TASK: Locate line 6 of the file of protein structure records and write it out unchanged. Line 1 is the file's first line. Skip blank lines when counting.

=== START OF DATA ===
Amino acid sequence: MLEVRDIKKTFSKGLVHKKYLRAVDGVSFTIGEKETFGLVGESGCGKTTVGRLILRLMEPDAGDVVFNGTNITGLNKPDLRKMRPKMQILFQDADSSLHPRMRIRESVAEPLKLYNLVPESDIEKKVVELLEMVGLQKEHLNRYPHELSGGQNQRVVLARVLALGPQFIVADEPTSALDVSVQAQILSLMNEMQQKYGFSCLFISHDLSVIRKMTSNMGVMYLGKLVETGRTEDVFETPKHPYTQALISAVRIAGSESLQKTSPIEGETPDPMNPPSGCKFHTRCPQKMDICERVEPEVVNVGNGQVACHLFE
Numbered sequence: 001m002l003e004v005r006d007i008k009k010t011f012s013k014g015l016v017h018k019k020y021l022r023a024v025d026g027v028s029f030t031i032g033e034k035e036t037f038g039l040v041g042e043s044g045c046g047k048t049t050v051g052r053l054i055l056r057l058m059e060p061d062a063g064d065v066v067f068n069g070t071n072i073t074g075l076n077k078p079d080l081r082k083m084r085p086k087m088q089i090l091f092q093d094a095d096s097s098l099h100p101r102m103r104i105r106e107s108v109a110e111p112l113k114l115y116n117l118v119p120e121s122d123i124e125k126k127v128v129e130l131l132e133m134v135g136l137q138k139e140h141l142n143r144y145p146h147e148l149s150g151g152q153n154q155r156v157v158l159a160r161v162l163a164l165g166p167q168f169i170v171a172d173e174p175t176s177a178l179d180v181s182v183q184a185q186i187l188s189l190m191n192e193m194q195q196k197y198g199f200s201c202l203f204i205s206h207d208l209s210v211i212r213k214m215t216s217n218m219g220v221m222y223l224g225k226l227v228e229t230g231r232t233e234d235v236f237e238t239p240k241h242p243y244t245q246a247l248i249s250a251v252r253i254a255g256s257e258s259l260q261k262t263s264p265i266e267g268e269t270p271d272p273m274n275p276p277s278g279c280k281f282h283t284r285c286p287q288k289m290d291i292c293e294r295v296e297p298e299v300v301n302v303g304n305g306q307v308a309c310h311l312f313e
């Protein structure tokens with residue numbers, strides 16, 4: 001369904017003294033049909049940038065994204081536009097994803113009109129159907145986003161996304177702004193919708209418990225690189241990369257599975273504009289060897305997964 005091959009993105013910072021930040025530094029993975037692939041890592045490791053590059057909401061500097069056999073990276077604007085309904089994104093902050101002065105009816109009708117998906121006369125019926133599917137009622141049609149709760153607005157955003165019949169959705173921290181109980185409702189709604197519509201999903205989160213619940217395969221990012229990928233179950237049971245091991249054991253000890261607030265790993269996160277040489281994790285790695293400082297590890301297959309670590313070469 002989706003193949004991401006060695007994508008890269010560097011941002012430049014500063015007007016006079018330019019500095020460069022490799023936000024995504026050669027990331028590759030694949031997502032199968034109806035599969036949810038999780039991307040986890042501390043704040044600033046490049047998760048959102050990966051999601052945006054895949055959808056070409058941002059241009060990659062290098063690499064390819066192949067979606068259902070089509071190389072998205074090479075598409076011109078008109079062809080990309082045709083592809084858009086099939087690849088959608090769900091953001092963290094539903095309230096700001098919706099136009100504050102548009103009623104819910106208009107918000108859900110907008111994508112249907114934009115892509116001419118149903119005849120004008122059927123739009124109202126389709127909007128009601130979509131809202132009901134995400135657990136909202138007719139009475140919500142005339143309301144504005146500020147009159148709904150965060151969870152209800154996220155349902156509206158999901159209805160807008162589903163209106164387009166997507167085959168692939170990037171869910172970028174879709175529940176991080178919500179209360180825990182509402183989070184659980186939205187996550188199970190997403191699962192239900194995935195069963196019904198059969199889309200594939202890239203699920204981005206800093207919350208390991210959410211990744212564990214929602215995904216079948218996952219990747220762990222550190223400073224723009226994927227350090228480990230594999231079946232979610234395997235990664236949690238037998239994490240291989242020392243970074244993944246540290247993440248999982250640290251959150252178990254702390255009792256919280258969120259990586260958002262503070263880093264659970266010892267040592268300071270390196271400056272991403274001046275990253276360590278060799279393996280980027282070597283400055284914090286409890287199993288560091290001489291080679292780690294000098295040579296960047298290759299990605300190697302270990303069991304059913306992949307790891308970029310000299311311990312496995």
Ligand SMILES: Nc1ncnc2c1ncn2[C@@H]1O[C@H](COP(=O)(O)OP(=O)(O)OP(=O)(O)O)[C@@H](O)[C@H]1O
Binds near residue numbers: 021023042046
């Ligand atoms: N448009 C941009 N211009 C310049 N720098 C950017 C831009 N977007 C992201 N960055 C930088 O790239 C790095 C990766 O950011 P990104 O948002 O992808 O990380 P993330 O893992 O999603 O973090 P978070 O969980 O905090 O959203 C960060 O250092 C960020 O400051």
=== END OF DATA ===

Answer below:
């Ligand atoms: N448009 C941009 N211009 C310049 N720098 C950017 C831009 N977007 C992201 N960055 C930088 O790239 C790095 C990766 O950011 P990104 O948002 O992808 O990380 P993330 O893992 O999603 O973090 P978070 O969980 O905090 O959203 C960060 O250092 C960020 O400051």